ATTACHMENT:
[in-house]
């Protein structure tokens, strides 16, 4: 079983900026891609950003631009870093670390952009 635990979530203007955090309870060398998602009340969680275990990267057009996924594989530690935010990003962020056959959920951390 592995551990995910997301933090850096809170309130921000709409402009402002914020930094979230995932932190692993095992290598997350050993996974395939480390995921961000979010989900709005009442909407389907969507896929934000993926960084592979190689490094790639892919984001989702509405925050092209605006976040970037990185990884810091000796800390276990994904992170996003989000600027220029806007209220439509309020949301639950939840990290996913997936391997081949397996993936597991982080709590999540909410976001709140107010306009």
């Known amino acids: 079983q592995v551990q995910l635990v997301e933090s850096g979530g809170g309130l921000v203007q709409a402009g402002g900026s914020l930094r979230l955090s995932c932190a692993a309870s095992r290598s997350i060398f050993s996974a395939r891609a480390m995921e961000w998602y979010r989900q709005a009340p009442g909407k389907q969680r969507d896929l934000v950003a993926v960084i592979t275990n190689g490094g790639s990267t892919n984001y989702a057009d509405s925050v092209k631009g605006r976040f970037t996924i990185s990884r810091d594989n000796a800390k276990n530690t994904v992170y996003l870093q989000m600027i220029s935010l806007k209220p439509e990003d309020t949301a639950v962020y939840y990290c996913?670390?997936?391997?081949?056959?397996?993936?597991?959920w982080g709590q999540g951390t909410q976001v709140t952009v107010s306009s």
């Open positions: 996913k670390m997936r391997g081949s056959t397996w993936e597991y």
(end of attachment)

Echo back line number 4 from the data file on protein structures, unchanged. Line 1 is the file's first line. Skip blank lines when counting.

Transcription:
């Open positions: 996913k670390m997936r391997g081949s056959t397996w993936e597991y």